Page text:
After some initial raised eyebrows from my business partner and wife that I was spending my executive coach budget on a week in the Bahamas (lol), everyone eventually got on board and I booked the trip.

This is how I found myself in a 35 million dollar mansion on the beach, surrounded by hopeful strangers, confronting insecurities I thought were long gone.

Are You Hearing and Seeing the Things All Around You?

I didn’t have many hesitations about showing up to live in a house with a bunch of strangers. I assumed everyone would be super nice and supportive since they were all students of energy work (they were) and that it would be a relatively chill time (it wasn’t).

When I got to the villa, I gazed out of the floor to ceiling windows at the gorgeous ocean view with a pink sand beach that looked photoshopped, listened to the gentle crashing of the waves and felt… weird.

An internal battle started to brew.

What was wrong with me? I was in paradise; I should be feeling abundant and grateful and powerful. And I kind of was.

But I was also feeling uncomfortable, out of place, and insecure.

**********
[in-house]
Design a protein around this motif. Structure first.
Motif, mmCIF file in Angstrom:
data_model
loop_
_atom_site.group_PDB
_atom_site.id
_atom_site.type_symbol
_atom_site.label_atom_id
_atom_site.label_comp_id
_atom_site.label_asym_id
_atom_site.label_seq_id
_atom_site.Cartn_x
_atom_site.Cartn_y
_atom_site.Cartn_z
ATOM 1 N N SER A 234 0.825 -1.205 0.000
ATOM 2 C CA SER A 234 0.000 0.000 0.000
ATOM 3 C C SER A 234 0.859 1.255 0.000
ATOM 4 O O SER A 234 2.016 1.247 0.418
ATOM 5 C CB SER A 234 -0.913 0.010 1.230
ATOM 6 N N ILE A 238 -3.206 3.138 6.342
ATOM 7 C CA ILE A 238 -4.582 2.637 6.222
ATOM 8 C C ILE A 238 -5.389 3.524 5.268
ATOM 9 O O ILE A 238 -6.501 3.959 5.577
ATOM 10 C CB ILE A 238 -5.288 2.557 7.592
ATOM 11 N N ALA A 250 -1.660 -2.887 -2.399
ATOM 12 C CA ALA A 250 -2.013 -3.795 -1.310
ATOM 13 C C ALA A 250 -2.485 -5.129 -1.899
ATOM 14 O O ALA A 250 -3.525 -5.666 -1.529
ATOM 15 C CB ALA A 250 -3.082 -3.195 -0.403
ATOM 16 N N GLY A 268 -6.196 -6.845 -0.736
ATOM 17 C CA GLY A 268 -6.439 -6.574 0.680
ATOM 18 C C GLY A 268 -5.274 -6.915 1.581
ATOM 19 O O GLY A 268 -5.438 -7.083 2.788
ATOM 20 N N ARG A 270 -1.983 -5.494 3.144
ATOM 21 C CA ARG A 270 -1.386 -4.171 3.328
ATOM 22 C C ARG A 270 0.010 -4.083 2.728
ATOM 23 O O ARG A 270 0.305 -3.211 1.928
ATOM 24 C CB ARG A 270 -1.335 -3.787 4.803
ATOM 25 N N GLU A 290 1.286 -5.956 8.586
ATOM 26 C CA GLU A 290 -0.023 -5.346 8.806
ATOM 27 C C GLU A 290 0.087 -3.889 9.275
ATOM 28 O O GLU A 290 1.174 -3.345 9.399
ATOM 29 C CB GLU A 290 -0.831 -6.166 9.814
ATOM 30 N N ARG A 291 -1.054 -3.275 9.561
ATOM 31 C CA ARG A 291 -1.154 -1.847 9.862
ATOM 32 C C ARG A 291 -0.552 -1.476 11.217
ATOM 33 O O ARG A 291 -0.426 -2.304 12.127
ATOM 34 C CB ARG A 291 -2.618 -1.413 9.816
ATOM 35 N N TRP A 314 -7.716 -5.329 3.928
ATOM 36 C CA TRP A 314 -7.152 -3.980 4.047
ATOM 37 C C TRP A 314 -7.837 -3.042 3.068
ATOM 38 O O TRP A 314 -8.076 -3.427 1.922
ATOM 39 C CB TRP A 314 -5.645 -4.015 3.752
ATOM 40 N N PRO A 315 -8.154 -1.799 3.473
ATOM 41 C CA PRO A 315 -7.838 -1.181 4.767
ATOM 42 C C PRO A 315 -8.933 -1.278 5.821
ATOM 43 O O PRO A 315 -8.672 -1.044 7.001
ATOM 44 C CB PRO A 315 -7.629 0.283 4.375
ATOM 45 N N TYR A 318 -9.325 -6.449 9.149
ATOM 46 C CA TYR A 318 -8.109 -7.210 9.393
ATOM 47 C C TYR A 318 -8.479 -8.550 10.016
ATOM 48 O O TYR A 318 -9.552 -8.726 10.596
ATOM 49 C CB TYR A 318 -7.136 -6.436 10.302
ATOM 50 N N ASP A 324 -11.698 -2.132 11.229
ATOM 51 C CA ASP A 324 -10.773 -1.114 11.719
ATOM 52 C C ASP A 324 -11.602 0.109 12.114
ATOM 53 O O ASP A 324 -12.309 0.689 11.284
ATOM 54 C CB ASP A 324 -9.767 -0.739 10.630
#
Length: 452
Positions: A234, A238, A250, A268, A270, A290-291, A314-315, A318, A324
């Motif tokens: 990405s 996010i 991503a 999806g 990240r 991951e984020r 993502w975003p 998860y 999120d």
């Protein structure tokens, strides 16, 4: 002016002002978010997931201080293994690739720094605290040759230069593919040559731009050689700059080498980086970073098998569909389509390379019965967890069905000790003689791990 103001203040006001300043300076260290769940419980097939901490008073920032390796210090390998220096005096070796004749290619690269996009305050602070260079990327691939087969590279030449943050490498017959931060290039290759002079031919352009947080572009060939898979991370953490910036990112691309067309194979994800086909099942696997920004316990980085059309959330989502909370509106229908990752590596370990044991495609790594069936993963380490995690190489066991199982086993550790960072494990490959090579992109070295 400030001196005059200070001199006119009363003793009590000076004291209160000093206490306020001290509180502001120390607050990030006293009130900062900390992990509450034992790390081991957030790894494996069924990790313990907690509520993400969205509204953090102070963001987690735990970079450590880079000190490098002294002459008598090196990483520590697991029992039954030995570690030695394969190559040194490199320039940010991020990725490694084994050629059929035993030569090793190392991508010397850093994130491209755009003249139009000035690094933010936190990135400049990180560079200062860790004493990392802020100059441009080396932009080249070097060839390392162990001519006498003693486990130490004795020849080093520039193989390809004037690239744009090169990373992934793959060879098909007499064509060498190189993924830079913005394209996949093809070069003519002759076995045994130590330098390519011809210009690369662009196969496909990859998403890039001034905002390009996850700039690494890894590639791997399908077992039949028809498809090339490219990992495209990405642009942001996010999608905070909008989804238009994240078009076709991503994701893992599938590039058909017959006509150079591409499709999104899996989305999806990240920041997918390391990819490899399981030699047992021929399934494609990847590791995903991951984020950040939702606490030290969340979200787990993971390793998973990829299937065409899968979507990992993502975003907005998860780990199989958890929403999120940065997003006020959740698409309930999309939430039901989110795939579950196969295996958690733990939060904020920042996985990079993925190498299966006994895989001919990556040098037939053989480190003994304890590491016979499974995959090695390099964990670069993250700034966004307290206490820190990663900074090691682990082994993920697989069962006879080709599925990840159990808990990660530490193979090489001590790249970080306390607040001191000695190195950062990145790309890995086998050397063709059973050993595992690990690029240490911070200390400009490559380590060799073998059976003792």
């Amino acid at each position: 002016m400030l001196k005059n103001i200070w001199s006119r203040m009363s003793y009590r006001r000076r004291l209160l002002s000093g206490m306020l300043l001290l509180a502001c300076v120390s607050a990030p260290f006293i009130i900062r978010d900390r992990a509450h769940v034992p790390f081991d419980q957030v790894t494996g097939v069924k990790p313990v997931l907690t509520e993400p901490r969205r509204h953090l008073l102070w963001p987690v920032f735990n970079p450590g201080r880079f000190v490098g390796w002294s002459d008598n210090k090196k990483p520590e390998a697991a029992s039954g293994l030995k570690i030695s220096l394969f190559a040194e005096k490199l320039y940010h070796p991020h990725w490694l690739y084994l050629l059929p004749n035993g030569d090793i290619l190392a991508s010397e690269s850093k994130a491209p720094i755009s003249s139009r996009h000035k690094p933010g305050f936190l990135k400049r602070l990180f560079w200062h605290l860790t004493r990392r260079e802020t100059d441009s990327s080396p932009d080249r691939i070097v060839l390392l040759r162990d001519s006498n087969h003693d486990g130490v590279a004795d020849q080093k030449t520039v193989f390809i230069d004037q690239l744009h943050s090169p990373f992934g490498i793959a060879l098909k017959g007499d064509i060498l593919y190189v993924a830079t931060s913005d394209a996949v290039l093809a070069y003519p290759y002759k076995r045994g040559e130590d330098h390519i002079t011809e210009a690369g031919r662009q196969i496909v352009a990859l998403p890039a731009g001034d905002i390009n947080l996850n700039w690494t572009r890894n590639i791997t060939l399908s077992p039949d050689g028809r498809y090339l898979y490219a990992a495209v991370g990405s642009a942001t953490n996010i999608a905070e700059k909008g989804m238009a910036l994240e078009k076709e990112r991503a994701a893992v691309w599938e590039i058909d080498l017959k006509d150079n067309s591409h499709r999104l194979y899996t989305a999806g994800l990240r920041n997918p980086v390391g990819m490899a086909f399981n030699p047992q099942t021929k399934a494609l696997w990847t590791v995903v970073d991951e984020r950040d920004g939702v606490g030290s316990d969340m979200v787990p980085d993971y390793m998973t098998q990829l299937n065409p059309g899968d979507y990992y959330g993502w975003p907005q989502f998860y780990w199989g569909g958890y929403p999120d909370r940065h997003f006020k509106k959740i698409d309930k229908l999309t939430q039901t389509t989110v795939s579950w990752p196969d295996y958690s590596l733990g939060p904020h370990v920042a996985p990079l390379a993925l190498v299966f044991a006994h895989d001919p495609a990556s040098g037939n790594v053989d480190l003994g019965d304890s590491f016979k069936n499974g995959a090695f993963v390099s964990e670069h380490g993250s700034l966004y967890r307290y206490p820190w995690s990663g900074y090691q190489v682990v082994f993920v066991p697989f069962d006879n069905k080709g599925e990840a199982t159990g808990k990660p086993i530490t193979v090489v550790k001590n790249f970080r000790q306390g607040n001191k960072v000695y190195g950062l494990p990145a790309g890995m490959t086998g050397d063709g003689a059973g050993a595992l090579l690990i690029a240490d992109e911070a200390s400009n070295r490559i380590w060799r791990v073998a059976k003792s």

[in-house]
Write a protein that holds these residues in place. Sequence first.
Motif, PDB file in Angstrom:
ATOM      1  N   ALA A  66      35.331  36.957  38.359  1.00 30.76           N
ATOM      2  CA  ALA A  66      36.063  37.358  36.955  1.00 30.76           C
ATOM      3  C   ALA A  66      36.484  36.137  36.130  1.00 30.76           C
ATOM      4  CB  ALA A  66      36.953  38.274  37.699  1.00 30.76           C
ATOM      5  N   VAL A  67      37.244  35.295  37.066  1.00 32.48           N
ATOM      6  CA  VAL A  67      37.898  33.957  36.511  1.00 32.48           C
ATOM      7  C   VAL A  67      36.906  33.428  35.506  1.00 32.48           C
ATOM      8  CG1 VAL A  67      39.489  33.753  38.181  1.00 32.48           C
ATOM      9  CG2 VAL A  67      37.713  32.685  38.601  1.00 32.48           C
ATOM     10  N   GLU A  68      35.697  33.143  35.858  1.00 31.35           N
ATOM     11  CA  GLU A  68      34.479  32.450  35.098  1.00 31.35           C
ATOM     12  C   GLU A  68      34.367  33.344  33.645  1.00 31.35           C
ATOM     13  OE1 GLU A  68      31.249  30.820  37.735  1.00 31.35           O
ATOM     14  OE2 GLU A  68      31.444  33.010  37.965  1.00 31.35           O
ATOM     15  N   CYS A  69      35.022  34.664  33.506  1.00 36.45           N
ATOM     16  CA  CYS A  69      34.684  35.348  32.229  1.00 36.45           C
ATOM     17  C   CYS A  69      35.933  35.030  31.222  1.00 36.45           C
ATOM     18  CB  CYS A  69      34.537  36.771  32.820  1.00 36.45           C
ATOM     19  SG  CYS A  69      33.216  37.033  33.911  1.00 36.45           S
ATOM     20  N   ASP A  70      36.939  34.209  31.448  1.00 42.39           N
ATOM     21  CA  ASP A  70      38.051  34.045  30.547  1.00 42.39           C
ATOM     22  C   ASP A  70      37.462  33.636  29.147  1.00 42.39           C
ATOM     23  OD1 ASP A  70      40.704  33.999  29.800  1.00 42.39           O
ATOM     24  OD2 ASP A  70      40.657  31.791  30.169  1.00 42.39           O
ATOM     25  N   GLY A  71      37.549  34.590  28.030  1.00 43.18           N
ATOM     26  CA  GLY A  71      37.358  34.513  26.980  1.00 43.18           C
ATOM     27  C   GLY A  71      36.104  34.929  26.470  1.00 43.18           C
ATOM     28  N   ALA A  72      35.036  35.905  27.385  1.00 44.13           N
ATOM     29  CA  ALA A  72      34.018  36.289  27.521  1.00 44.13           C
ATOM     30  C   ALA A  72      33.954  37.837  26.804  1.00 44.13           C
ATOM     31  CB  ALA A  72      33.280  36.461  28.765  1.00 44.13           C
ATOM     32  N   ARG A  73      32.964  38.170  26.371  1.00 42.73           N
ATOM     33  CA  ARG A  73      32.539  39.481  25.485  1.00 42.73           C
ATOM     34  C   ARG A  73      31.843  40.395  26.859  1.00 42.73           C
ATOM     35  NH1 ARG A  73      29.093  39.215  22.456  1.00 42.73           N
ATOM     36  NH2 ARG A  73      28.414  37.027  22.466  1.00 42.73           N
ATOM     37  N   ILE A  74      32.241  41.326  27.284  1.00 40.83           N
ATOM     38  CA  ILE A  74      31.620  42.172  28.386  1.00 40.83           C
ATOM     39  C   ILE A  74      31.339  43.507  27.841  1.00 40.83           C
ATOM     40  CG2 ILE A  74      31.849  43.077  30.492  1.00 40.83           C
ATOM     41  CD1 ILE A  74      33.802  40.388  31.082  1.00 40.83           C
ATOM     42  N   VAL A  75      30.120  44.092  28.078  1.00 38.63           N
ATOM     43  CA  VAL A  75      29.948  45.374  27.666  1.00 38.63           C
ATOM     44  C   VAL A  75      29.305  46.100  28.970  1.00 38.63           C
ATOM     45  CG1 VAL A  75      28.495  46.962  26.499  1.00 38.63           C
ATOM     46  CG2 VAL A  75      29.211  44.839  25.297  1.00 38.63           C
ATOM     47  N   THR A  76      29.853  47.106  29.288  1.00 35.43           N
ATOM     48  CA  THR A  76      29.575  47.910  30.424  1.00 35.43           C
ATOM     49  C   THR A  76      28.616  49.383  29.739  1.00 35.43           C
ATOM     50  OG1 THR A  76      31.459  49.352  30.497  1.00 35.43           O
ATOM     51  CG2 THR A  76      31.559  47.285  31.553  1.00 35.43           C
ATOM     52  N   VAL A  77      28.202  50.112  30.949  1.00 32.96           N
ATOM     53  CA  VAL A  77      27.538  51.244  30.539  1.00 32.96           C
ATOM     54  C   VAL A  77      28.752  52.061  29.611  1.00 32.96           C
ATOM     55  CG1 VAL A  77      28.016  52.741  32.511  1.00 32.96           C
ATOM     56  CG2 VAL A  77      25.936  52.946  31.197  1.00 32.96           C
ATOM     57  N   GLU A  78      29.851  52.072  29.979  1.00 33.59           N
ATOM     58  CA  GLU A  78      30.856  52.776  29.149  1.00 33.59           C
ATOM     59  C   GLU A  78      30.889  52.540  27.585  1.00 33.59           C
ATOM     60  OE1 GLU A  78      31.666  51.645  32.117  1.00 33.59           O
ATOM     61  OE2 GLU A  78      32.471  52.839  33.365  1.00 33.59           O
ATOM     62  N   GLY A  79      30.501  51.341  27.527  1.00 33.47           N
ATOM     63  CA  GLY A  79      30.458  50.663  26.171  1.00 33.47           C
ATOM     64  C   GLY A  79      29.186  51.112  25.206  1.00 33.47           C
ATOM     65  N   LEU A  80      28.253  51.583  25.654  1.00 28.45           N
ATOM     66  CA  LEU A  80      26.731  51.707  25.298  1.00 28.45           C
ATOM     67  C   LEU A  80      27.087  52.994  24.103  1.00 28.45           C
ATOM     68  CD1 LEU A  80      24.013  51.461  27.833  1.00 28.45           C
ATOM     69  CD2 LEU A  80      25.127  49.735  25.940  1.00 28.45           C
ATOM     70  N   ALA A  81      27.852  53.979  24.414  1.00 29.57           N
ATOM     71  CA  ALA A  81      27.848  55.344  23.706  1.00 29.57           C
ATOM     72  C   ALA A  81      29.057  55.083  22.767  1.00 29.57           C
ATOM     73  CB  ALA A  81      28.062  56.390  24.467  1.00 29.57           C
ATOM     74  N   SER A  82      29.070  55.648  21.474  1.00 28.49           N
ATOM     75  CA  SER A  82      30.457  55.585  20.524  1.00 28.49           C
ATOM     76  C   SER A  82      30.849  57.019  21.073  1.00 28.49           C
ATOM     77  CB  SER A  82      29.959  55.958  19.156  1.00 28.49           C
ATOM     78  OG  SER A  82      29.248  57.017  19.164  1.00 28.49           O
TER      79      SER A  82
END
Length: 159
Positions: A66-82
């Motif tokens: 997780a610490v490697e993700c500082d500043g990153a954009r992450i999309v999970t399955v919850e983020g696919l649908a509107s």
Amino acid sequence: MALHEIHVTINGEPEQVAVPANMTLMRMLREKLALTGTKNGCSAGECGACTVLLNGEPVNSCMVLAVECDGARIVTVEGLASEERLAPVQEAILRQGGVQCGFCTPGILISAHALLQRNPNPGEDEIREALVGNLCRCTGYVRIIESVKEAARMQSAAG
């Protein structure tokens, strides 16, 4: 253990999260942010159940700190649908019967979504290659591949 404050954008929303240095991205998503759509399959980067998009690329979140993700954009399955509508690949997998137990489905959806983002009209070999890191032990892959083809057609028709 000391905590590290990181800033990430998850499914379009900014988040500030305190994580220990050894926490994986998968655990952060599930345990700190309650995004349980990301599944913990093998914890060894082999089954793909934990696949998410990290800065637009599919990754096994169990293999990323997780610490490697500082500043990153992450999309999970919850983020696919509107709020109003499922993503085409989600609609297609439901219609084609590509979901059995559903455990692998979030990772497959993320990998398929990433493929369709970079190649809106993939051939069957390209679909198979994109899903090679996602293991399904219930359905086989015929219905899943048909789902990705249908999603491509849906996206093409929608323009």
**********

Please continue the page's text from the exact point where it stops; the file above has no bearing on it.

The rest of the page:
The group seemed to know each other from previous programs, but I was new to this coach’s community. I drifted around making small talk but it all felt a bit forced. I felt awkward and disconnected from the people around me, and daydreamed about being here with my family and best friend instead of these strangers.

After our first full day, I was starting to get to know people a bit better and feel a little more comfortable, but there was still an offness.

I found myself wondering, “Was this really worth it? Was this a good investment? Do I even want to be here?”

I experienced this discomfort rising up in me, and felt a familiar pressure that I recognized; it was time to speak this out loud.

Despite feeling free and more connected when I was honest with others about feelings like this, every time my initial response to the strong impulse to share was, “Oh God REALLY? THIS? But it’s so minor and pathetic!” (In my experience, THESE are the things we most need to share so we can become free, although it’s annoying in the moment).